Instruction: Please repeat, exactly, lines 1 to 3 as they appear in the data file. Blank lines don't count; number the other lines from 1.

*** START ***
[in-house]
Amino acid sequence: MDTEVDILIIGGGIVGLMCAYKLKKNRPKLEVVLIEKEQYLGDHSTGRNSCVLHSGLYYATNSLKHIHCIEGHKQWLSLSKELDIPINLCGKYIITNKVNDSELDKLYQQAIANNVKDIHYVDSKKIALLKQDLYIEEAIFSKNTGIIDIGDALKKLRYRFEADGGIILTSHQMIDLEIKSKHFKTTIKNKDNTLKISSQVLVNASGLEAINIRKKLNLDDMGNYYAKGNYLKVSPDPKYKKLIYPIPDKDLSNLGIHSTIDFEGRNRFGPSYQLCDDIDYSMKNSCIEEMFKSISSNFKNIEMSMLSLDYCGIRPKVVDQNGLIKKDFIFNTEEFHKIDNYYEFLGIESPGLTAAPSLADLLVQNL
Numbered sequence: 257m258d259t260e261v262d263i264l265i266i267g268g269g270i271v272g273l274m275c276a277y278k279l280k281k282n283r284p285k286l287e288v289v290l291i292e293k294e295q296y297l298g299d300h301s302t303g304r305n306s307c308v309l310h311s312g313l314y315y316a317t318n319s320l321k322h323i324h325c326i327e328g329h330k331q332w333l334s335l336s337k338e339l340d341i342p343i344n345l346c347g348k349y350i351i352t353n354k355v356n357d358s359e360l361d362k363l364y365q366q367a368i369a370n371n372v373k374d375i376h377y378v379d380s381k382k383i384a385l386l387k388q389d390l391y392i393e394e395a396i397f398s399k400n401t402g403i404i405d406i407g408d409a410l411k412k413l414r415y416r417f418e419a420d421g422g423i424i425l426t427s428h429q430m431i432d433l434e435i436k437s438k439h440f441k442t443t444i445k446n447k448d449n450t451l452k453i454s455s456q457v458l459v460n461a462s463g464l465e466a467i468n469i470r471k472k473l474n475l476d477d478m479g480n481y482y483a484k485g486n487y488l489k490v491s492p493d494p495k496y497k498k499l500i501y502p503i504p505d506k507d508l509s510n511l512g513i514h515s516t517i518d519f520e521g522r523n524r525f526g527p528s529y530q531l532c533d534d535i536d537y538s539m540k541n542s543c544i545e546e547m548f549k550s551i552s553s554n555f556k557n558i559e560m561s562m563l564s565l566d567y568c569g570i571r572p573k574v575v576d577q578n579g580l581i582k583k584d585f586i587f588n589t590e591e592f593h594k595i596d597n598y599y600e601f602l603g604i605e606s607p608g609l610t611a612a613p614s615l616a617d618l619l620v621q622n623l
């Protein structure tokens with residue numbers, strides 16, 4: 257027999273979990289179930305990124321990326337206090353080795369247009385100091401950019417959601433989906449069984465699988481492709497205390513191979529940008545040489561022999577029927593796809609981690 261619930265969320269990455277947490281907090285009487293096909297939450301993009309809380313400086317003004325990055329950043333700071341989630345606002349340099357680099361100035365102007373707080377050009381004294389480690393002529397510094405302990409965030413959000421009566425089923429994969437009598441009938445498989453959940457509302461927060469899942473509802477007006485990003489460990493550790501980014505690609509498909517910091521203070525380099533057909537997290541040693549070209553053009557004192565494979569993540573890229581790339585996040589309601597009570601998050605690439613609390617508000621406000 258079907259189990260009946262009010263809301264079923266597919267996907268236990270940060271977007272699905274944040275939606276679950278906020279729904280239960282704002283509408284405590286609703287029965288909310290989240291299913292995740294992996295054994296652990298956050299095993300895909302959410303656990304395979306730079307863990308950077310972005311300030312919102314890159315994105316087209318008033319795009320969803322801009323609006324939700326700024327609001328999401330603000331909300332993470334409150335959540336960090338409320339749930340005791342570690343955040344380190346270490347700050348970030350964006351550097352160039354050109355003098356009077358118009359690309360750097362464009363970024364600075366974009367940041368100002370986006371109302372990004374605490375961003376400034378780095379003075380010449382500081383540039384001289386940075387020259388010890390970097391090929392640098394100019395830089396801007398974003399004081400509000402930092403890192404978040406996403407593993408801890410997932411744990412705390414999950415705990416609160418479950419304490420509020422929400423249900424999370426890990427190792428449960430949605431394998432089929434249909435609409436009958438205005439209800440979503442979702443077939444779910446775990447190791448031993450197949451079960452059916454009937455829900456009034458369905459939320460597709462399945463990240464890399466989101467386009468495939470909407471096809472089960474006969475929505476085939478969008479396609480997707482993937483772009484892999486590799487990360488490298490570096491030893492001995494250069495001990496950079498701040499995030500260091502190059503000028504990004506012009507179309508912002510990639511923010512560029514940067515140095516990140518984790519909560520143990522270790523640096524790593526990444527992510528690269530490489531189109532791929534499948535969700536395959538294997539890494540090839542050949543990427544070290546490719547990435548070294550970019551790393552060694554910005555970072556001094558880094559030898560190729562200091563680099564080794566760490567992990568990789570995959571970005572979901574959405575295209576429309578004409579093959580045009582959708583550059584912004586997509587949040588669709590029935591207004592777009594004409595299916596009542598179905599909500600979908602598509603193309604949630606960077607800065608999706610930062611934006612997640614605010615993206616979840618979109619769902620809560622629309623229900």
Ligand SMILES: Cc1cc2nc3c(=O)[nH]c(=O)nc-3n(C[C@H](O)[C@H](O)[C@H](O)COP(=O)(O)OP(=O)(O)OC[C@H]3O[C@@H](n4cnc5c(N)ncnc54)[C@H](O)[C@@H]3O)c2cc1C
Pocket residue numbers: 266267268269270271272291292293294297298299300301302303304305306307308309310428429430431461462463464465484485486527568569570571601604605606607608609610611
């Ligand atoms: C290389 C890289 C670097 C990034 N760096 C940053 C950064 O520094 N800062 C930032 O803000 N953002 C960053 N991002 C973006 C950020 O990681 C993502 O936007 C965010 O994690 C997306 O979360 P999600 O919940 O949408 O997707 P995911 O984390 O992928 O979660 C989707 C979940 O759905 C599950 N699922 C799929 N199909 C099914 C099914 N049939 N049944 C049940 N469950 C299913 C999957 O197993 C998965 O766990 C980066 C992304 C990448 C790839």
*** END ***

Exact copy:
[in-house]
Amino acid sequence: MDTEVDILIIGGGIVGLMCAYKLKKNRPKLEVVLIEKEQYLGDHSTGRNSCVLHSGLYYATNSLKHIHCIEGHKQWLSLSKELDIPINLCGKYIITNKVNDSELDKLYQQAIANNVKDIHYVDSKKIALLKQDLYIEEAIFSKNTGIIDIGDALKKLRYRFEADGGIILTSHQMIDLEIKSKHFKTTIKNKDNTLKISSQVLVNASGLEAINIRKKLNLDDMGNYYAKGNYLKVSPDPKYKKLIYPIPDKDLSNLGIHSTIDFEGRNRFGPSYQLCDDIDYSMKNSCIEEMFKSISSNFKNIEMSMLSLDYCGIRPKVVDQNGLIKKDFIFNTEEFHKIDNYYEFLGIESPGLTAAPSLADLLVQNL
Numbered sequence: 257m258d259t260e261v262d263i264l265i266i267g268g269g270i271v272g273l274m275c276a277y278k279l280k281k282n283r284p285k286l287e288v289v290l291i292e293k294e295q296y297l298g299d300h301s302t303g304r305n306s307c308v309l310h311s312g313l314y315y316a317t318n319s320l321k322h323i324h325c326i327e328g329h330k331q332w333l334s335l336s337k338e339l340d341i342p343i344n345l346c347g348k349y350i351i352t353n354k355v356n357d358s359e360l361d362k363l364y365q366q367a368i369a370n371n372v373k374d375i376h377y378v379d380s381k382k383i384a385l386l387k388q389d390l391y392i393e394e395a396i397f398s399k400n401t402g403i404i405d406i407g408d409a410l411k412k413l414r415y416r417f418e419a420d421g422g423i424i425l426t427s428h429q430m431i432d433l434e435i436k437s438k439h440f441k442t443t444i445k446n447k448d449n450t451l452k453i454s455s456q457v458l459v460n461a462s463g464l465e466a467i468n469i470r471k472k473l474n475l476d477d478m479g480n481y482y483a484k485g486n487y488l489k490v491s492p493d494p495k496y497k498k499l500i501y502p503i504p505d506k507d508l509s510n511l512g513i514h515s516t517i518d519f520e521g522r523n524r525f526g527p528s529y530q531l532c533d534d535i536d537y538s539m540k541n542s543c544i545e546e547m548f549k550s551i552s553s554n555f556k557n558i559e560m561s562m563l564s565l566d567y568c569g570i571r572p573k574v575v576d577q578n579g580l581i582k583k584d585f586i587f588n589t590e591e592f593h594k595i596d597n598y599y600e601f602l603g604i605e606s607p608g609l610t611a612a613p614s615l616a617d618l619l620v621q622n623l